Hikers and nature lovers alike feel an affinity for our territory and rightly so.
The Green Route Network of Álava offers those who walk and cycle for fun and tourism an excellent means of enjoying and discovering the natural heritage, landscapes and biodiversity of our various municipalities and regions.
This network currently consists of 978 kilometres of restored pathways suitable for walking and cycling, and to which an additional 200 kilometres will be added in the not so distant future. These are signposted routes that provide direct contact with the natural and rural environment of Álava, as well as the opportunity to enjoy its rich landscapes and natural and cultural assets.
And these pathways visit different regions and villages, and pass through protected natural spaces. This is hardly surprising, considering that 68% of the surface of Álava is under some type of protection scheme (Natura 2000 Network, Natural Parks, Protected Biotopes, Ramsar Wetlands, Outstanding and Unique Landscapes, and Wildlife Corridors).
Some of these routes are notable for their uniqueness, for example Vasco-Navarro Greenway. The Vasco-Navarro railway ran from 1889 up until 1967, nowadays a stretch has been converted for the enjoyment of ramblers and hikers, starting in Alto Deba (Guipúzcoa), crossing through Álava and ending in Estella (Navarre).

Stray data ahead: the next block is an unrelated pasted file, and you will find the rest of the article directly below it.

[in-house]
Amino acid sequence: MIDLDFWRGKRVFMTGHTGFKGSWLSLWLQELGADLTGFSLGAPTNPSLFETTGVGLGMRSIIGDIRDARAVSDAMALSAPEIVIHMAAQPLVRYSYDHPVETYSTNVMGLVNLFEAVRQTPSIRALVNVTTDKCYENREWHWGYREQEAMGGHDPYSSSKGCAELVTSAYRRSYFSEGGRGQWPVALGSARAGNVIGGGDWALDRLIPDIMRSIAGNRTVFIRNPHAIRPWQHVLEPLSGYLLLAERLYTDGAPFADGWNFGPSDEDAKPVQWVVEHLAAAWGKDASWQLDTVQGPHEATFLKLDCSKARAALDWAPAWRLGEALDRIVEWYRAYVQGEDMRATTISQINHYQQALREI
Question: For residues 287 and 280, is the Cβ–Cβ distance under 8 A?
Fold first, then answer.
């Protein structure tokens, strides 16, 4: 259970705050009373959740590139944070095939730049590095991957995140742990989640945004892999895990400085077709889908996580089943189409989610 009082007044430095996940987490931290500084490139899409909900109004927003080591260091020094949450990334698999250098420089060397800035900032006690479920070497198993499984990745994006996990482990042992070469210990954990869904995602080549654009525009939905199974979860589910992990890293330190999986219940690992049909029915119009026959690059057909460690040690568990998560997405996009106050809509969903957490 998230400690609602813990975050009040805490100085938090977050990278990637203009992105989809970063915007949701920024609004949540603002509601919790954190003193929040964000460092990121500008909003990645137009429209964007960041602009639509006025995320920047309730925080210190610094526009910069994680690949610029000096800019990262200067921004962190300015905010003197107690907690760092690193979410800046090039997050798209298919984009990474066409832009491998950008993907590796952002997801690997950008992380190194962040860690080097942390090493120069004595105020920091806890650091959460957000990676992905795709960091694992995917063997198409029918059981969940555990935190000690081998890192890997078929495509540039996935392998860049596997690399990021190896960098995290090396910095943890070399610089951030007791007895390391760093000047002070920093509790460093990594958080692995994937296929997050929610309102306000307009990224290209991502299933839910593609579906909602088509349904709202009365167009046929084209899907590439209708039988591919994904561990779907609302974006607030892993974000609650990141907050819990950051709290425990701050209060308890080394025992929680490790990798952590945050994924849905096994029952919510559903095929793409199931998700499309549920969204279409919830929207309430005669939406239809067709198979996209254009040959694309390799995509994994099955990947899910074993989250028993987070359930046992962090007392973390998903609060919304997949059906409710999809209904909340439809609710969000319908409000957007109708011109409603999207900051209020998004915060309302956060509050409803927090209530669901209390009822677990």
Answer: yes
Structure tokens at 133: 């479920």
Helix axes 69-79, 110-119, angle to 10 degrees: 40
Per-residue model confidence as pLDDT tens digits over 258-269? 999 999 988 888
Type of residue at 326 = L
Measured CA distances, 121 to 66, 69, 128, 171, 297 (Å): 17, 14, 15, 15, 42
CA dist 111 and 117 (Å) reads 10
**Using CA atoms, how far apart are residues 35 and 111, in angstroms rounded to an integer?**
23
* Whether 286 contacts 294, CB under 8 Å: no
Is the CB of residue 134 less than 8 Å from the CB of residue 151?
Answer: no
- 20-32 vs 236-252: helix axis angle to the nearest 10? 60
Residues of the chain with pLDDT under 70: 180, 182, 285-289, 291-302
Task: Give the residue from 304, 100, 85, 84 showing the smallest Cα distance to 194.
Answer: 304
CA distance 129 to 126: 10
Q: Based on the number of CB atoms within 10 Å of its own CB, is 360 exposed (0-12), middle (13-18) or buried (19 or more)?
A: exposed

The converted section is 85 kilometres long and links the mountain pass of Arlaban, on the border between Gipuzkoa and Álava, with Vitoria-Gasteiz, finishing in Murieta (Navarra). The Vasco-Navarro Greenway Interpretation Centre, in the village of Antoñana, provides information about the different stages of the route and offers a bicycle rental service.
Nature, culture, history and religious devotion are mixed along the stretch though Álava with Saint James’s Way and the Ignatian Way.
The inland Basque section of St. James’s Way crosses the Aizkorri-Aratz mountains from Gipuzkoa via the San Adrián tunnel going down in through Álava on its journey from the French Way. The Ignatian Way recreates the route travelled by Ignacio de Loyola in 1522 from his home in Loyola to the Cova de Manresa, a route that crosses the most eastern lands of Álava.
History and culture are also very present on the GR 38 “Route of Wine and Fish” long-distance footpath. Not by chance does it bear this name, as its roads have been travelled by muleteers for centuries, taking fine Rioja Alavesa wine to the north and returning with fish in brine from the ports of Bizkaia.
The Route of Wine and Fish Interpretation Centre, in the village of Lagrán, includes projections and informative panels allowing the visitor to learn more about the history of a path that crosses spectacular places such as the Toloño Mountain Range, the gorge of the Ajuda River, the high mountains of Vitoria and the Ullíbarri-Gamboa reservoir.
The Camino Real de las Postas is another interesting option. The route was used during the 15th to 17th centuries by the mail service for post to France: it starts in Zalduondo and provides an opportunity to admire the hermitage of San Martin de Ania, discover the small hamlets of Galarreta or Luzuriaga and see features that bear witness to their past, such as the cross of Berokia or the bridge of Zubibarri.
Whoever travels this route will enjoy the natural wealth of an environment marked by the Aldaia mountains and the ends of the Ullíbarri Gamboa reservoir.
Full information about the Green Route Network of Álava can be found at this link.